Crew Dragon astronauts Douglas Hurley and Robert Behnken thanked their space station crewmates for a productive two-month visit, readied their SpaceX capsule for departure and stood by for a final “go” from flight controllers to undock Saturday night, setting up a Gulf of Mexico splashdown Sunday afternoon.
“All my bags are packed, I’m ready to go,” Behnken tweeted.
All my bags are packed, I’m ready to go… #LandAmerica pic.twitter.com/FvyzeA58sb
— Bob Behnken (@AstroBehnken) August 1, 2020
It will be the first splashdown for U.S. astronauts in 45 years and the first entry, descent and landing of a piloted Crew Dragon spacecraft, one of the final steps before NASA can certify the SpaceX ferry ships for operational six-month flights to the space station.
“We’re about to embark on the the final portion of the journey,” Behnken said in a brief departure ceremony Saturday morning. “The hardest part was getting us launched. But the most important part is bringing us home.”
“I look forward to the test objectives of not only separating from the International Space Station smoothly, but then coming down to a nice splashdown off the Florida coast to come full circle with bringing that capability to launch astronauts again to the United States.”
With Hurricane Isaias threatening Florida’s East Coast, effectively ruling out a splashdown off the coast from Jacksonville to Cape Canaveral, NASA and SpaceX mission managers focused on four landing sites in the Gulf located off shore near Panama City, Pensacola, Tallahassee and Tampa.
With good weather expected at more than one of the Gulf sites, Hurley and Behnken looked forward to undocking around 7:30 p.m. Leaving the station behind, the astronauts plan to monitor a series of computer-orchestrated thruster firings to fine-tune their orbit before going to bed around 12:30 a.m. Sunday.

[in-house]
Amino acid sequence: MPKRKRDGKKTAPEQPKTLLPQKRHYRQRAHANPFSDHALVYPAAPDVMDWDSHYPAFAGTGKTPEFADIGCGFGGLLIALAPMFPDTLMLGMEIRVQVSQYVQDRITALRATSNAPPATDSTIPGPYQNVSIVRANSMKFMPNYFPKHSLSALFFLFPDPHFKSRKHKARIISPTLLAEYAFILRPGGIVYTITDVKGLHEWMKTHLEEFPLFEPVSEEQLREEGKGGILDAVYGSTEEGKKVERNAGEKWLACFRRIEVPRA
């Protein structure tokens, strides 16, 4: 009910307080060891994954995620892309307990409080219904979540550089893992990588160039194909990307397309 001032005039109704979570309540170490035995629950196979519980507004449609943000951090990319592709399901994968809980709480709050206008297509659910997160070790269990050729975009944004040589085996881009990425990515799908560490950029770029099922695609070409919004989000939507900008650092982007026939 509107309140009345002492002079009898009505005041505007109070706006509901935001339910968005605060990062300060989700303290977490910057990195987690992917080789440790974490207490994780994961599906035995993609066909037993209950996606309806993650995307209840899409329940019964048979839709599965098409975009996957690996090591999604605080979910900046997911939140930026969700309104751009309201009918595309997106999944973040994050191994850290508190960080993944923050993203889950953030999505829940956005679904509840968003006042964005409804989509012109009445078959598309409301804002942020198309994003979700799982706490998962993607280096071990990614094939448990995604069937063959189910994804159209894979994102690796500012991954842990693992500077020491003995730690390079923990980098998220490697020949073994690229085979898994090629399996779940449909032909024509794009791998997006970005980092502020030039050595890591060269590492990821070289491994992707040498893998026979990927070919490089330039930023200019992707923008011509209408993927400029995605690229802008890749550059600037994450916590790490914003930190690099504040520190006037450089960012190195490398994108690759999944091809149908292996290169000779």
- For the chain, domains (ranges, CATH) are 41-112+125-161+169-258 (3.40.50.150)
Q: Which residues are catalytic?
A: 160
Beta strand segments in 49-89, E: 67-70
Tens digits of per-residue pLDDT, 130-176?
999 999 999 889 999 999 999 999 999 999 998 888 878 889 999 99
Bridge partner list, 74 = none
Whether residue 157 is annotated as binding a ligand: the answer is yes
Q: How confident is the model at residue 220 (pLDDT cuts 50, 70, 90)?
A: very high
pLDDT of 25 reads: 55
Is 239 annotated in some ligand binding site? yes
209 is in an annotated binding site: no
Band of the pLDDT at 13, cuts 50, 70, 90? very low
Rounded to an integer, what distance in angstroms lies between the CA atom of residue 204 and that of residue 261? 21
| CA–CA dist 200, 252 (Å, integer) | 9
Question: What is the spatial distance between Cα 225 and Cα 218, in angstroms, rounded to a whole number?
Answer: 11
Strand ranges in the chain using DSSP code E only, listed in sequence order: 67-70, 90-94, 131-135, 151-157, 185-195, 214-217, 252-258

After a 7:30 a.m. wakeup call, the astronauts will work through a detailed pre-entry checklist before the Crew Dragon jettison’s its no-longer-needed trunk section at 1:46 p.m., exposing the capsule’s protective heat shield.
Then, starting at 1:51 p.m., the Crew Dragon’s forward thrusters are scheduled to fire for nearly 10 minutes, slowing the craft by about 105 mph, just enough to drop the far side of its orbit deep into the atmosphere.
Twenty-six minutes later, approaching the Gulf of Mexico from the southwest, the Crew Dragon is expected to plunge back into the discernible atmosphere, quickly slowing down as the heat shield endures temperatures higher than 3,000 degrees. Small drogue parachutes will then stabilize the capsule before four main parachutes unfurl at an altitude of about 6,000 feet.
Splashdown is expected at 2:42 p.m. The SpaceX recovery ship “Go Navigator” will be stationed nearby carrying initial responders with “fast boats” to quickly reach the spacecraft, medical personnel and support crews. Within the hour, they are expected to stabilize and “safe” the capsule, haul it on board, open the side hatch and help Hurley and Behnken out as they begin re-adjusting to gravity after two months in space.